Every designer has his or her own style rules. Over the years, I’ve honed mine down to the top five that I come back to again and again. Follow these ideas — or break them if you see fit — and I guarantee you’ll be able to take any space from feeling like it’s a boring, everyday thing to something you love every day.
1. A midcentury piece. I’m a huge believer in always using at least one midcentury modern element for a number of reasons. For one thing, the design period, despite no longer being technically “modern” (in the sense that it’s now technically a retro style from the past century), still feels current and timeless.
Modern pieces work well in virtually any space, whether contemporary or traditional. I love the pairing of this classic Eileen Gray table with the curvy traditional chest and soft bedding, adding just one punch of truly modern style to keep this room from feeling too formal.
One of the easiest ways to introduce a modern piece is through seating. Midcentury chairs are always stylish with traditional wood tables for that old-world, new-world mix.
2. A touch of white and a touch of black. Our eyes expect to see a full spectrum of colors, and how we perceive a space can change based on the range of colors represented. This is why I try to always include at least a hint of white and a touch of black in each space. White is often easy, but be mindful of adding black accents. Black picture frames and other elements on white backgrounds will make sure both ends of the spectrum are represented and balanced.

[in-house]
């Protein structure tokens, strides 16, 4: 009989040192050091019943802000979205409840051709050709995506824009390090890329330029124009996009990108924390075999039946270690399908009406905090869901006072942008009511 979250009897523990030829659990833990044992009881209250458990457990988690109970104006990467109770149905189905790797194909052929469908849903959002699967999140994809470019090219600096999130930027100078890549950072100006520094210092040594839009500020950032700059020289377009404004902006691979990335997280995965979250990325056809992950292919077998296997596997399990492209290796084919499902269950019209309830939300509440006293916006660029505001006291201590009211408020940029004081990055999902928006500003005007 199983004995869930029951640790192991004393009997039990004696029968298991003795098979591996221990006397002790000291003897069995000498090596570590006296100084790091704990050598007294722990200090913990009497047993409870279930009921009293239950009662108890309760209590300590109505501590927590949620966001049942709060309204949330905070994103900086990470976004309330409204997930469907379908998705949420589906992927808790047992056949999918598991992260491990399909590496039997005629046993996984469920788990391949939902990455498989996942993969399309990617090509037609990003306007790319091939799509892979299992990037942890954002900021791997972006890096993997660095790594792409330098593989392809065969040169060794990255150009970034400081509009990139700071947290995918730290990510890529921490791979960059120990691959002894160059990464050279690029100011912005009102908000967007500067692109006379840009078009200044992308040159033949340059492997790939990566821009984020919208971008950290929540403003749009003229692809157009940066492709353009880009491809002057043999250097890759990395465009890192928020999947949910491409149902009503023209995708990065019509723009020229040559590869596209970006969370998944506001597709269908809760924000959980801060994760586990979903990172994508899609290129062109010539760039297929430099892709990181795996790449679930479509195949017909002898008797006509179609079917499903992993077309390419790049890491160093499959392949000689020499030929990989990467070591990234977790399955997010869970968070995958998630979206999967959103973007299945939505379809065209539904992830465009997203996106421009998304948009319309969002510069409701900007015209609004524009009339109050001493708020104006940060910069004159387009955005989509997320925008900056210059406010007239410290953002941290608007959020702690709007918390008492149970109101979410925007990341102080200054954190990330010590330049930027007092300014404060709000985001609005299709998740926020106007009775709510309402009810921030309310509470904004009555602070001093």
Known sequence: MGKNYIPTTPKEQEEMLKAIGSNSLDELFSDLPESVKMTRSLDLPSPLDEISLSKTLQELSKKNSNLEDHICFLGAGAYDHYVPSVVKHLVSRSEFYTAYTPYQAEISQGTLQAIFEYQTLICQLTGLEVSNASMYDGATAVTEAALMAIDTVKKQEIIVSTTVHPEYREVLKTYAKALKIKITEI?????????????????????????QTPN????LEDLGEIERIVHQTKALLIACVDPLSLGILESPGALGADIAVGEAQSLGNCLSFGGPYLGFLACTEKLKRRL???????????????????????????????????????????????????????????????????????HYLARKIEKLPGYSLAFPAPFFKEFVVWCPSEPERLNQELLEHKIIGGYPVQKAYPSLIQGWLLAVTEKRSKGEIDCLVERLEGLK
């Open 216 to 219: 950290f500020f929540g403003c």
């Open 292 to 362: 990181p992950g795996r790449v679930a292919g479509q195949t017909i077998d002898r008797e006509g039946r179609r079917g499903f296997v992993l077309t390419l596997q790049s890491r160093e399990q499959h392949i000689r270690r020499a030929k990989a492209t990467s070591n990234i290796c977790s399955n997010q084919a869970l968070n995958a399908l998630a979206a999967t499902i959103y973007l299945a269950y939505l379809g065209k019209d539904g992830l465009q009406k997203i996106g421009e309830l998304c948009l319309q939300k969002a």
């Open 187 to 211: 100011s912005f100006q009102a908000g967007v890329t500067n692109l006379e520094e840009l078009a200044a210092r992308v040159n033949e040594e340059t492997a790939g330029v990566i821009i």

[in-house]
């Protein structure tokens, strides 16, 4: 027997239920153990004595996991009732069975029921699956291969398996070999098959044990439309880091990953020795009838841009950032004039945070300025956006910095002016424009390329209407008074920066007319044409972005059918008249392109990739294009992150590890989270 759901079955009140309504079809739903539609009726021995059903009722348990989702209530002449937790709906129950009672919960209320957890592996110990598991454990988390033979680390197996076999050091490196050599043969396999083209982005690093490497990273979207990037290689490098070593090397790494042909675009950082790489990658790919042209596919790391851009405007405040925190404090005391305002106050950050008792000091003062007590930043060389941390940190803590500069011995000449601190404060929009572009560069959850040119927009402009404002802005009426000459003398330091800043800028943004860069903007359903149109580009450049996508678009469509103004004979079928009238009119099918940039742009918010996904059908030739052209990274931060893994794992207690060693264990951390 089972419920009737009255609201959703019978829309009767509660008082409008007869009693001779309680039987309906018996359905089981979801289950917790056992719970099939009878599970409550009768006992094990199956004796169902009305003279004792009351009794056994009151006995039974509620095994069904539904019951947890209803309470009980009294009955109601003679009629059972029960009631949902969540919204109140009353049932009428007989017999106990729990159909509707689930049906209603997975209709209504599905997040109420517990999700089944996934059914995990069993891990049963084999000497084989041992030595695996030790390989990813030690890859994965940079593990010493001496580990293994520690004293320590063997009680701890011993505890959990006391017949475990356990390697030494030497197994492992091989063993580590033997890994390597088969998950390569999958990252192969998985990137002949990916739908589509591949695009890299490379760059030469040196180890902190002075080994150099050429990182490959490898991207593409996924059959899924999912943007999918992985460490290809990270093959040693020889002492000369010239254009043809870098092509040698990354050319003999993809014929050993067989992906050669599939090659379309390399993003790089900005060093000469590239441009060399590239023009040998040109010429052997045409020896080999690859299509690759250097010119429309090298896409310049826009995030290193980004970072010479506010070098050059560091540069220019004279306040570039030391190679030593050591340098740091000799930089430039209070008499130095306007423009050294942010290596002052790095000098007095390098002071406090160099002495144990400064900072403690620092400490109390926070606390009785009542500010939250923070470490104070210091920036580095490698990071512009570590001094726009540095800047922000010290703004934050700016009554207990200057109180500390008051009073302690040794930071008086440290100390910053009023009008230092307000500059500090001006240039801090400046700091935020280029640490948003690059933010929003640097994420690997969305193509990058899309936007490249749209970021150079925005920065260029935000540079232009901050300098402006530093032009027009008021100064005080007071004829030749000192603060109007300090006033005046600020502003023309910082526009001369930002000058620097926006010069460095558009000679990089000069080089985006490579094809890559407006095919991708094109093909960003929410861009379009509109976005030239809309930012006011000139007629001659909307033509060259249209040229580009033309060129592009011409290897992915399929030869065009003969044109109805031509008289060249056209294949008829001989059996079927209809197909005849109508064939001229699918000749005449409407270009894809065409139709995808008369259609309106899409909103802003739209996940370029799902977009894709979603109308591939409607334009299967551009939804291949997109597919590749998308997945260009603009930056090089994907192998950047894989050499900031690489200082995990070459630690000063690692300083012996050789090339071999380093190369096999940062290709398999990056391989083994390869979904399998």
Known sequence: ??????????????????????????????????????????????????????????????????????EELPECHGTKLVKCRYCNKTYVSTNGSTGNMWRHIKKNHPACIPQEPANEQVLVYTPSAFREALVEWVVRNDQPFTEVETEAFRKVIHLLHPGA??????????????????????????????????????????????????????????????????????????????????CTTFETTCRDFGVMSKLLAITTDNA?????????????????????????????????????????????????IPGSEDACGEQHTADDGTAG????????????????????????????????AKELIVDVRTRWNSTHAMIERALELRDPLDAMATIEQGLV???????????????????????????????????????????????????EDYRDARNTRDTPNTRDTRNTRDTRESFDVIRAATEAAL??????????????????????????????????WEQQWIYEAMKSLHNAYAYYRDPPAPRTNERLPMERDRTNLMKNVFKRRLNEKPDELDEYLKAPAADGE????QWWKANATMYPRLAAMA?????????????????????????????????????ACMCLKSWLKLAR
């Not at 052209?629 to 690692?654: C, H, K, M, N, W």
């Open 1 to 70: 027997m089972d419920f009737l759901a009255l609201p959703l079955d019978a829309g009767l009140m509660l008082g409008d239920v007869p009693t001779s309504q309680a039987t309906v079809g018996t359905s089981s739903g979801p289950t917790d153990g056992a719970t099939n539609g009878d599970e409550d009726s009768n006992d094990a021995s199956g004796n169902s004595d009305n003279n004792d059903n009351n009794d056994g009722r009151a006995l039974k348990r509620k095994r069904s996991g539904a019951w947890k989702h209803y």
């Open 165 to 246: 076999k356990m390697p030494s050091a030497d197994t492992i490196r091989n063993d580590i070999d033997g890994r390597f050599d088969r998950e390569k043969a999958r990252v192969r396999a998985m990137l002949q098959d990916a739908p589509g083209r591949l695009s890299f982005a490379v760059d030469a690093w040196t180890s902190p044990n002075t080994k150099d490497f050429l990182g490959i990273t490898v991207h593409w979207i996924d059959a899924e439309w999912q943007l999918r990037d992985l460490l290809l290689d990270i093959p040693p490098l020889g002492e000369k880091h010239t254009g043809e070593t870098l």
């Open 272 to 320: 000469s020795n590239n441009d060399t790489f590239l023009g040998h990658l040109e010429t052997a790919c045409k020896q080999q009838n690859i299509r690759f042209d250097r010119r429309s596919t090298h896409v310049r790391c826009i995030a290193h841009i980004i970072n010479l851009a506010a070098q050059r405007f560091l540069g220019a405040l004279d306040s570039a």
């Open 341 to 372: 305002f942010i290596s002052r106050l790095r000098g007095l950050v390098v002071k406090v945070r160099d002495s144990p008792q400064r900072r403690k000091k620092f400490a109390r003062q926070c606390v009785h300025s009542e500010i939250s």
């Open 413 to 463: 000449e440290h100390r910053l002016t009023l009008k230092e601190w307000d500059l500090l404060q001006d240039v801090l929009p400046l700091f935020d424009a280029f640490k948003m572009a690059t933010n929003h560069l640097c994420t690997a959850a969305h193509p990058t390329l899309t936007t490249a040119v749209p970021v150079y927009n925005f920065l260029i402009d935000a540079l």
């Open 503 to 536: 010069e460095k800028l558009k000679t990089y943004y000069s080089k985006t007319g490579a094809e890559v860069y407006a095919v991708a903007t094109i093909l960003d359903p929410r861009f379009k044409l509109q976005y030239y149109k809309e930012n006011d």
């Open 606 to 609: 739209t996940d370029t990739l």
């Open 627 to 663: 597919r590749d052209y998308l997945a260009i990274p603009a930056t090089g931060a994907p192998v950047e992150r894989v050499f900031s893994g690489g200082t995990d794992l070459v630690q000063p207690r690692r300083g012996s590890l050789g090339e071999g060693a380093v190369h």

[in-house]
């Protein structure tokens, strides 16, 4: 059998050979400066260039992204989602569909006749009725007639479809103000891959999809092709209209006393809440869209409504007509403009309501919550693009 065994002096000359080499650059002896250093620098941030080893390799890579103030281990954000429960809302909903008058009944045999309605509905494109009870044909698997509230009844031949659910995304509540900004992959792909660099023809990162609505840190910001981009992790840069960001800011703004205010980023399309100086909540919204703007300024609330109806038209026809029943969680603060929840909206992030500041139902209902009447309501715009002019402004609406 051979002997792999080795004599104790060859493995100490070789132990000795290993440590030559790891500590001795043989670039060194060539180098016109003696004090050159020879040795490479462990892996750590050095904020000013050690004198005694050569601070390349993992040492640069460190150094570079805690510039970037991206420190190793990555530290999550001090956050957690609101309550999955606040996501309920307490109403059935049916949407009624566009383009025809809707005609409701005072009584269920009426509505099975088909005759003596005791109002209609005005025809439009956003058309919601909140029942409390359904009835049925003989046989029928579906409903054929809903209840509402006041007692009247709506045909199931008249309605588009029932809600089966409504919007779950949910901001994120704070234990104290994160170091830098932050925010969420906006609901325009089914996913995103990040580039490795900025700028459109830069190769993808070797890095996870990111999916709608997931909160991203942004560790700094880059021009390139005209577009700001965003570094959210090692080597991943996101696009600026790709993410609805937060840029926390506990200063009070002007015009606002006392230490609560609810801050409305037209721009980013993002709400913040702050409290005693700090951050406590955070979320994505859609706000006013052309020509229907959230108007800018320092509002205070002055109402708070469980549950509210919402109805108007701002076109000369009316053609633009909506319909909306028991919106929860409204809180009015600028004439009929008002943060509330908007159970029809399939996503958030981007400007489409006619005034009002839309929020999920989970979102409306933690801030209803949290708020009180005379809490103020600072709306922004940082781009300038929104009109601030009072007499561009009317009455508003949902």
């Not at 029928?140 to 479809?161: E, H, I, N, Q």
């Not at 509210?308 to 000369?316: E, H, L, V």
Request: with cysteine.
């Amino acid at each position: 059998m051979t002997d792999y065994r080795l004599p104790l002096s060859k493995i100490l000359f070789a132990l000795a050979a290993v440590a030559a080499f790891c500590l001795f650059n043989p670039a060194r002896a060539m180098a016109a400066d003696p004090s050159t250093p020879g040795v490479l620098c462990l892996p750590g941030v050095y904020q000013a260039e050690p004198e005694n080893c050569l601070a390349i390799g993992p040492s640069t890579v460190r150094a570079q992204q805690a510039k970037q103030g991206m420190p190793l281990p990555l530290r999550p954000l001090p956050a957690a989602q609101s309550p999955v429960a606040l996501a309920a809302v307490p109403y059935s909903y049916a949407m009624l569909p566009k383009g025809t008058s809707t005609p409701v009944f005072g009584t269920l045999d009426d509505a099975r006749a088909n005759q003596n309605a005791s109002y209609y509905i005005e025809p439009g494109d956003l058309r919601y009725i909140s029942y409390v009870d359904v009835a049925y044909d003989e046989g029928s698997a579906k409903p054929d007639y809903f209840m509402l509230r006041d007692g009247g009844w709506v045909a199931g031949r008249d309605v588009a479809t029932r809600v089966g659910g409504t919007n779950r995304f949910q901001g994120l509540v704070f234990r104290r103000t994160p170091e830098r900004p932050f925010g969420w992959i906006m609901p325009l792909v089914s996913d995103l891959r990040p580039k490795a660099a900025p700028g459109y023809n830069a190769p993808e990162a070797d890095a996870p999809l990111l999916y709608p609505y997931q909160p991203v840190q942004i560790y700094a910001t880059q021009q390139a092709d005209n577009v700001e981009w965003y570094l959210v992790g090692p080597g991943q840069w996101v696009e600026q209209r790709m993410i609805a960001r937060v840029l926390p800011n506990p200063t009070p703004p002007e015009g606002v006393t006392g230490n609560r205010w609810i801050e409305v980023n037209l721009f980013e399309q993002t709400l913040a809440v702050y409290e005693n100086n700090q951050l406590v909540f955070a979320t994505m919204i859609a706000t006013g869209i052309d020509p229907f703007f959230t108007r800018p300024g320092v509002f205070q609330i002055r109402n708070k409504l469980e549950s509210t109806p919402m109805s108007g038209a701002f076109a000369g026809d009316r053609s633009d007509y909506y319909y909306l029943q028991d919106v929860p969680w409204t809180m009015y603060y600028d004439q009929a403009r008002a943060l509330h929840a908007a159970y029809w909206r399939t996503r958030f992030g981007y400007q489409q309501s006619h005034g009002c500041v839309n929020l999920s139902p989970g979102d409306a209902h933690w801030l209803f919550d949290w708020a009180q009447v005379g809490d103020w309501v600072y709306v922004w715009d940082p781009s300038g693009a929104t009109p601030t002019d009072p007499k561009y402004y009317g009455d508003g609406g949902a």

Notice how this room has a lot of off-white but still includes a little pure white, which helps reveal the undertones of the other shades. Pure black can be easily introduced through lamps with black bases or cottage-inspired cage shades, as seen here.
3. A mix of textures. Whether your space is bold and colorful or subdued and neutral, a truly designed look involves a mix of textures for that subtle richness. Besides different upholstery textures, like cotton, burlap, hides, linens, silks and sheers, you should always strive to include some wood, metal and glass. The materials in this no-fail trio are easy to mix and will add lots of depth.
(Also notice again how this room includes small accents of black while still feeling very airy and open.)
Other textures to consider mixing in:
- Woven baskets
- Smooth woods (vs. worn-in woods)
- Plant life
- Plastic (such as Lucite chairs)
- Wool or cashmere
- Exposed bulbs (the glow is almost like its own texture)
4. Personal imperfection. Besides all the perfectly chosen materials, a space should have at least once piece that speaks to a sense of history, with some true vintage character or personal meaning.
These vintage suitcases make a beautifully quirky side table, balancing the sleek bedding and custom drapery to make sure nothing is too perfect.
This sense of history doesn’t have to come from furniture or accessories. A simple vintage detail like old moldings, preserved and teamed with modern accents like these midcentury stools and contemporary sconces, will give your home a subtle story that relates to your past, present and future.
5. Fresh flowers. Lastly, to me a space is never truly finished unless it includes some fresh flowers or growing greenery to give it a sense of life and care that keeps it from feeling static.
Even just a few simple blossoms in a bud vase, as shown here, immediately draw the eye in, adding a new color and delightful detail as you change them out. They’ll help make sure you enjoy your space every day, long after the hard design work is done.